For the latest South Heartland COVID-19 statistics visit www.southheartlandhealth.org.

In the neighboring Two Rivers Public Health Department to the west of the Hastings area, new COVID-19 cases recorded Thursday through Sunday in Tribland counties included nine in Kearney County, seven in Harlan County and four in Franklin County, Two Rivers reported on its website.

For more information from that district, visit www.trphd.org.


News
Planners recommend Kenesaw child care proposal

The Kenesaw United Methodist Church is providing what its leadership is calling a win-win for the Kenesaw community, as well as the United Methodist Church’s regional governing body.

Members of the Adams County Planning and Zoning Commission voted 8-0 during their regular meeting Monday to recommend approval of a conditional use permit for a child care center in the former church building at 208 Doane Ave., with the condition that a plan is in place for parking, loading and unloading.

Commissioner Bob Hansen was absent.

The recommendation is to the Kenesaw Village Board, which meets Nov. 10.

The conditional use request comes less than a month after the church closed for good.

therrman / Tony Herrman/Tribune  

The nonprofit Kenesaw United Child Care Coalition plans to operate a child care facility inside the former Kenesaw United Methodist Church, which recently closed for good.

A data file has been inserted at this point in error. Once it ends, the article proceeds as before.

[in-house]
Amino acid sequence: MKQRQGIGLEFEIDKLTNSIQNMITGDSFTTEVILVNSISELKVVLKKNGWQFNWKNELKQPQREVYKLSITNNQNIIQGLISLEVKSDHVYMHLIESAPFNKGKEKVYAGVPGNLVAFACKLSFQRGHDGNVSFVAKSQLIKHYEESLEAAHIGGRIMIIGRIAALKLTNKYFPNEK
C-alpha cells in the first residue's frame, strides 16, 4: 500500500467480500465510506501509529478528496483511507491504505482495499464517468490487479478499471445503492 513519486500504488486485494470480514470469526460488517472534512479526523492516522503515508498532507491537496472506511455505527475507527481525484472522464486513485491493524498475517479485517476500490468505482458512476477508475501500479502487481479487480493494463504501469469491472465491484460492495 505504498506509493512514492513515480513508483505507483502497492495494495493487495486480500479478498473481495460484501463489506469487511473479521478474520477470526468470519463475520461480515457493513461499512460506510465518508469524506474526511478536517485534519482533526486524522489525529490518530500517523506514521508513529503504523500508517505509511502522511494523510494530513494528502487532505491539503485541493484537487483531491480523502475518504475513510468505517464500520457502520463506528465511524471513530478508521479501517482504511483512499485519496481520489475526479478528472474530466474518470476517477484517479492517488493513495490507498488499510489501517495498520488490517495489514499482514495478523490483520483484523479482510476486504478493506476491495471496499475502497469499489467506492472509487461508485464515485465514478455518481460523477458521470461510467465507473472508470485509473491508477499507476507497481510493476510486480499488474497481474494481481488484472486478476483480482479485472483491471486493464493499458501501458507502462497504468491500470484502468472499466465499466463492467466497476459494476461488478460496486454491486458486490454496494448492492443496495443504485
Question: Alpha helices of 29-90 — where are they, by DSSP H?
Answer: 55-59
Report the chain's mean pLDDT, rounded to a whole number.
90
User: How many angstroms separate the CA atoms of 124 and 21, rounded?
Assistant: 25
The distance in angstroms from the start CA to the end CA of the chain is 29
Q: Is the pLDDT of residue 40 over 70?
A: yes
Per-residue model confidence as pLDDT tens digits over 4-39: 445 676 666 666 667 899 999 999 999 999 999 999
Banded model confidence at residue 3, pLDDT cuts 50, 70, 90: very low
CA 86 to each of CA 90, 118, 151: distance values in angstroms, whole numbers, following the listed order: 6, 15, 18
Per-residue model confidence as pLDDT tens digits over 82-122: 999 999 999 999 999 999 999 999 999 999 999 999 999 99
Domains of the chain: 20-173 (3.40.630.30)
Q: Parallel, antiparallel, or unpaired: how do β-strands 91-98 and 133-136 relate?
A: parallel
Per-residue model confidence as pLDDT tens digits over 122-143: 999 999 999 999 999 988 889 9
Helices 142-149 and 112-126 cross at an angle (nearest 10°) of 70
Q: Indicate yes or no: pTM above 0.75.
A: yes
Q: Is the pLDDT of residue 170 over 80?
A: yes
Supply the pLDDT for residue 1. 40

The Rev. Kathy Uldrich, who serves as pastor for the West Adams County Parish, which included the Kenesaw United Methodist Church as well as Holstein Grace United Methodist and Juniata United Methodist churches, said eight to 12 people attended Kenesaw United Methodist Church on any given Sunday.

“Not a real big bunch, but consistently there were six or seven that were the ones that were there all the time,” she said in an interview Monday afternoon, before the meeting.

The congregation made an initial vote to close in late September. The church then had a conference with the district superintendent to do the final paper ballot on Oct. 18.

“When we came to them saying we wanted to close our church we offered them a win-win,” church lay leader Robert Aderholt told the commissioners.

By providing the space for a child care center, serving ages 6 weeks to 12 years, the church is serving a need.

“We really feel like the legacy of the church will live on,” Uldrich said.

She plans to make a sign for the child care center that says “the ministry continues.”

“That’s going to be one of our mottos,” she said. “We want people to understand that the building is not going to be boarded up and filled with junk. It’s going to be alive and very vibrant with this program going into it. I think it’ll be a very good thing to have, and it’s very, very much needed in Kenesaw.”